Forward-looking: When Dell first unveiled the Project Luna concept, the company garnered a great deal of attention for creating a vision centered around how devices like PCs could be upgraded, repaired, and recycled. The initial Luna concept focused on the modularity of the device, highlighting how key components could be organized into elements that essentially snapped together, creating an elegant notebook design that could easily be opened and accessed to do things like replace a motherboard or screen, perform upgrades, and more.
Fast forward nearly a year after and Dell now has an upgraded Luna PC design that extends this concept to easy robotic manufacturing, component reusability, and potentially even a new circular economy-like business model.
Luna 2.0 (not the official name, but a reasonable way to think about it) refines modularity further, simplifying things like the number of screws necessary to open the device and making disassembly easier. Not only is this simplified design an important step forward in repairability and device accessibility, but it also opens new opportunities for applications like manufacturing and remanufacturing the device.
To highlight this, at a recent press event in New York, Dell had a small robotic manufacturing machine on hand to demonstrate how easily a Luna PC could be assembled, disassembled, and/or upgraded.
This represents a great opportunity to speed up the manufacturing process and reduce costs at the same time—though it would require key component suppliers to get behind the modular standards that Dell is creating for Luna (which may not be as easy as it sounds).
At the same time, it also highlights how PCs—or at least certain elements of them—could have their lifetimes significantly extended. Instead of upgrading to a whole new PC just to get the latest processor or GPU or a higher-resolution screen, for example, you could just upgrade certain components and keep using the rest.
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In addition, the components from, say, a higher-end notebook that sported the latest generation CPU could be waterfalled down to a machine that featured an even older processor, extending its useful life as well. If done on a large enough scale, this could significantly reduce the amount of waste created by PCs that are retired after just a few years use and often end up in landfills.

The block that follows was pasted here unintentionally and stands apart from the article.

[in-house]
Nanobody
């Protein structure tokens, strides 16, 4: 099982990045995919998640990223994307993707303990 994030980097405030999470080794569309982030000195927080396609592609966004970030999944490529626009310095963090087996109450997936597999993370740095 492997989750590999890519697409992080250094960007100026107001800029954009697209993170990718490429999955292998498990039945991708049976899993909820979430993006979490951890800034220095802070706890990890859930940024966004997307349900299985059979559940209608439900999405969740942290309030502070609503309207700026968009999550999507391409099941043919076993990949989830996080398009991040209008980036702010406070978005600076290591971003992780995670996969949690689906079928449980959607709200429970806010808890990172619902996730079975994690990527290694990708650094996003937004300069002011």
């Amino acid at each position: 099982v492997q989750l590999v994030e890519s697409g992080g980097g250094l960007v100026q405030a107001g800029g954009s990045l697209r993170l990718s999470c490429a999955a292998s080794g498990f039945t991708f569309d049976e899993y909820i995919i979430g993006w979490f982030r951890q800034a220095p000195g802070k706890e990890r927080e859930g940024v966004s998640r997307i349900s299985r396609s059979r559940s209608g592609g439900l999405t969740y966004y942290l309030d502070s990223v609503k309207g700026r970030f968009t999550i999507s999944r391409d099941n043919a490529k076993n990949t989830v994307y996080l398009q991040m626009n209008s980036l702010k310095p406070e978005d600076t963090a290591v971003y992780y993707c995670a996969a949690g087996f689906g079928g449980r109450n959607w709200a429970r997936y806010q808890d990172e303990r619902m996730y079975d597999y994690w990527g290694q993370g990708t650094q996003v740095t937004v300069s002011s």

The modular nature of the design would also mean that individual components could be more easily recycled or refurbished, which could theoretically lead to a circular economy model, whereby older components or at least raw materials could be reused in new machines instead of being thrown away.
As great as this all sounds in theory, there are several real-world challenges. First, previous efforts with modular designs have proved to be difficult to implement and sustain in the real world. Because of the rapidly evolving nature of things like internal and external interconnects, by the time one machine is ready to be upgraded, system designs may have changed so much that it's not practical to try and upgrade them.
In addition, the desire for new form factors, new types of input devices, and other elements can also make the upgrade process difficult. Having said all this, we have arguably reached a point of maturity in laptop PCs where there haven't been a great deal of changes to mainstream clamshell designs for many years. Additionally, the universality of things like USB-C and Thunderbolt connections make some of the I/O challenges of the past much easier to handle.
In addition to the manufacturing opportunities and challenges, there are also some intriguing new business models that something like Project Luna could enable. For one, the concept of an upgradable PC as a service—where a certain number of upgrades are included/expected as part of the service price—is bound to garner attention.
Businesses and potentially even consumers are likely to find these types of options much more interesting than the lease-like financing models currently included in PC-as-a-service offerings.
With growing interest in sustainability overall, there are also opportunities to focus on how these types of PCs can help organizations reach their own sustainability goals. By doing things like quantifying the specific carbon footprint reduction metrics that a Luna PC could offer, Dell could bring a whole other level of conversation into the buying discussion. On the other hand, as a company that still makes a significant portion of its revenue from selling new PCs, figuring out how the economics will work with fewer new machine sales, but more upgrades and remanufactured PCs could be a challenge.
Dell has made it clear that Project Luna is still officially a concept, though products based on it seem increasingly likely in the next couple of years. At the end of the day, it still has to be a compelling PC that can stand up to "traditionally" designed and manufactured alternatives. Given the growing attention on how products are made, as well as how they're recycled, however, it does raise some interesting questions as to how future PC designs and PC business models continue to evolve.
Bob O'Donnell is the founder and chief analyst of TECHnalysis Research, LLC a technology consulting firm that provides strategic consulting and market research services to the technology industry and professional financial community. You can follow him on Twitter @bobodtech.